The Best Job Opportunities of the Future

With an unemployment rate still stuck above 8% and also much talk about a mismatch between worker expertise and the jobs available, many individuals are trying to scope out the fields that should have many job holes in the future. Many college graduates are may not be able to find work so are saddled with student loan debt, prompting many colleges to shift resources to fields which can be expected to be in high-demand in the future. Many who will be currently unemployed or underemployed are seeking training in unique fields where the jobs are considered “hot.”

To get the jobs which can be in highest demand, 24/7 Wall St. offers compiled a list of the occupations which will have the most job openings in this decade. The professions using this list are very diverse, consisting of both white-collar and blue-collar jobs. They also require a wide range of educational achievement. In particular, a glazier needs just a high-school diploma to break into the field, but a statistician requires a postgraduate college education. Similarly, the pay spectrum for jobs with this list is quite wide. The median pay for a pest control worker was simply $30,340 in 2010. Meanwhile, the median pay for a natural science manager was $116,020. The INAM Center for Pluralism is here.  Check it.

24/7 Wall St. was largely interested in taking a look at openings for occupations where people usually work full-time and also without frequent turnover. As a result, we decided to exclude occupations where the median pay in 2010 was less than $30,000, thus discounting countless occupations that will see many job openings. Without this salary floor, most of the occupations on this list would be low-skilled, low-wage jobs, including home well-being aides, personal care aides and food concession workers. In fact, exclusively two jobs for this current list could have made the list in the event that we didn’t impose the $30,000 minimum pay.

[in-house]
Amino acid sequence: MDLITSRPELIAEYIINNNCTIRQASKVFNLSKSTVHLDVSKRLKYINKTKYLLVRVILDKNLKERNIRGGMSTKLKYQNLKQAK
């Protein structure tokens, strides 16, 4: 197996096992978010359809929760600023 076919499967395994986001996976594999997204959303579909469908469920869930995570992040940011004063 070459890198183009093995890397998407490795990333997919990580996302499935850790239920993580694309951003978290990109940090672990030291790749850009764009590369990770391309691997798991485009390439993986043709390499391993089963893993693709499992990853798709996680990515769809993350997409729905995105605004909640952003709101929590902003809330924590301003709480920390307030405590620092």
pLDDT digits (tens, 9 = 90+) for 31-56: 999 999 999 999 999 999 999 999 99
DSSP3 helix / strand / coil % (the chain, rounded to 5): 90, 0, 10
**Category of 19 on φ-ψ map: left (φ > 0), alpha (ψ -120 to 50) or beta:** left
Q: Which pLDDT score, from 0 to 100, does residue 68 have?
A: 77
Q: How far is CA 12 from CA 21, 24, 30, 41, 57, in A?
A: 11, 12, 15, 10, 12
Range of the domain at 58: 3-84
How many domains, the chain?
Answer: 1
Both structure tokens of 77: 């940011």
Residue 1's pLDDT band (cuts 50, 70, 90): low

For some professions, considerable job growth between 2010 and 2020 is the main driver behind the job holes. While there were just 41,900 glaziers as of 2010, 17,700 positions is going to be added by 2020, accounting for in excess of half of the job openings through that time. In other vocations, most of the job openings are simply the result of normal turnover cycle. While you will see 18,700 job openings for statisticians, only 3,500 jobs are going to be added to the 25,100 people already working in the profession, with the remaining openings meant to replace existing workers.

24/7 Wall St. looked at data from the Bureau of Labor Statistics on more than 1,000 different occupations. In addition to excluding jobs with median pay below $30,000, we also chose to exclude jobs employing fewer than 20,000 people as of 2010 in order to represent jobs that will clearly provide opportunity for many individuals in the future. From there, we ranked the professions based on the number of job openings projected between 2010 and 2020 as a percentage of the 2010 headcount in that specific field. We also calculated the number and percentage of those openings due to added positions as well as replacing current employees. Finally, we considered factors such as industry, median salary and credentials of these professionals to provide context on the types of jobs likely to see many openings.